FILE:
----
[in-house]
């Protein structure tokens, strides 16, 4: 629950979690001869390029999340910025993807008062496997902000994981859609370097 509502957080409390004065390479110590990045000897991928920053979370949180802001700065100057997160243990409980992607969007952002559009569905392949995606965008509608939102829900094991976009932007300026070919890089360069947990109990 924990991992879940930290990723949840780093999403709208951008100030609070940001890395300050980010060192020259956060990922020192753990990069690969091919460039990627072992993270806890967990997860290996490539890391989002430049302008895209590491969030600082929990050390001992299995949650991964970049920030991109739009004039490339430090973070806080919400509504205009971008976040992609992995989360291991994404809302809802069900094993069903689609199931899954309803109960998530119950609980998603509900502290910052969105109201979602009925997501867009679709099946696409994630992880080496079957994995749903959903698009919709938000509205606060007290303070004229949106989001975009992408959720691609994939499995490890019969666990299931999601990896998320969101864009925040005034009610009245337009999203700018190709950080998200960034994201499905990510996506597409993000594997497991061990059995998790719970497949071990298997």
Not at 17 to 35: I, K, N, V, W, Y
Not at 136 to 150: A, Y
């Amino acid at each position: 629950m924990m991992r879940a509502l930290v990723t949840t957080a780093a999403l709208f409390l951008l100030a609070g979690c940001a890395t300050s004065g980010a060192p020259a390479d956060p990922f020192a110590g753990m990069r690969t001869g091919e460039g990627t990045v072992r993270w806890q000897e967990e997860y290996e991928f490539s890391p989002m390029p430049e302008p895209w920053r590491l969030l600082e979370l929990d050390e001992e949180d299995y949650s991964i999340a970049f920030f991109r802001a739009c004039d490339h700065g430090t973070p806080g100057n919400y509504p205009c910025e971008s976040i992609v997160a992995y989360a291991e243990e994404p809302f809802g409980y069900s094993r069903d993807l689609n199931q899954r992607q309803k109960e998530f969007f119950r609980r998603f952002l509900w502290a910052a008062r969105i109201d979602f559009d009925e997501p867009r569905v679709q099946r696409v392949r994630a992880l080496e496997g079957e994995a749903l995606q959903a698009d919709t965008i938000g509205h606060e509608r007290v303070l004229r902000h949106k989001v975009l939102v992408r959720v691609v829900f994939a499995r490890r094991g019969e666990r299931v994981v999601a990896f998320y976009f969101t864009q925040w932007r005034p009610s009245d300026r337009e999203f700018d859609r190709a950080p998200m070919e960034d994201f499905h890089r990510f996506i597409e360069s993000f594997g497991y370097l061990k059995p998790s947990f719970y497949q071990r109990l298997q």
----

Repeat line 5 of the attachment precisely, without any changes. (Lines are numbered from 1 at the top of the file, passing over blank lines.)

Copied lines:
């Amino acid at each position: 629950m924990m991992r879940a509502l930290v990723t949840t957080a780093a999403l709208f409390l951008l100030a609070g979690c940001a890395t300050s004065g980010a060192p020259a390479d956060p990922f020192a110590g753990m990069r690969t001869g091919e460039g990627t990045v072992r993270w806890q000897e967990e997860y290996e991928f490539s890391p989002m390029p430049e302008p895209w920053r590491l969030l600082e979370l929990d050390e001992e949180d299995y949650s991964i999340a970049f920030f991109r802001a739009c004039d490339h700065g430090t973070p806080g100057n919400y509504p205009c910025e971008s976040i992609v997160a992995y989360a291991e243990e994404p809302f809802g409980y069900s094993r069903d993807l689609n199931q899954r992607q309803k109960e998530f969007f119950r609980r998603f952002l509900w502290a910052a008062r969105i109201d979602f559009d009925e997501p867009r569905v679709q099946r696409v392949r994630a992880l080496e496997g079957e994995a749903l995606q959903a698009d919709t965008i938000g509205h606060e509608r007290v303070l004229r902000h949106k989001v975009l939102v992408r959720v691609v829900f994939a499995r490890r094991g019969e666990r299931v994981v999601a990896f998320y976009f969101t864009q925040w932007r005034p009610s009245d300026r337009e999203f700018d859609r190709a950080p998200m070919e960034d994201f499905h890089r990510f996506i597409e360069s993000f594997g497991y370097l061990k059995p998790s947990f719970y497949q071990r109990l298997q």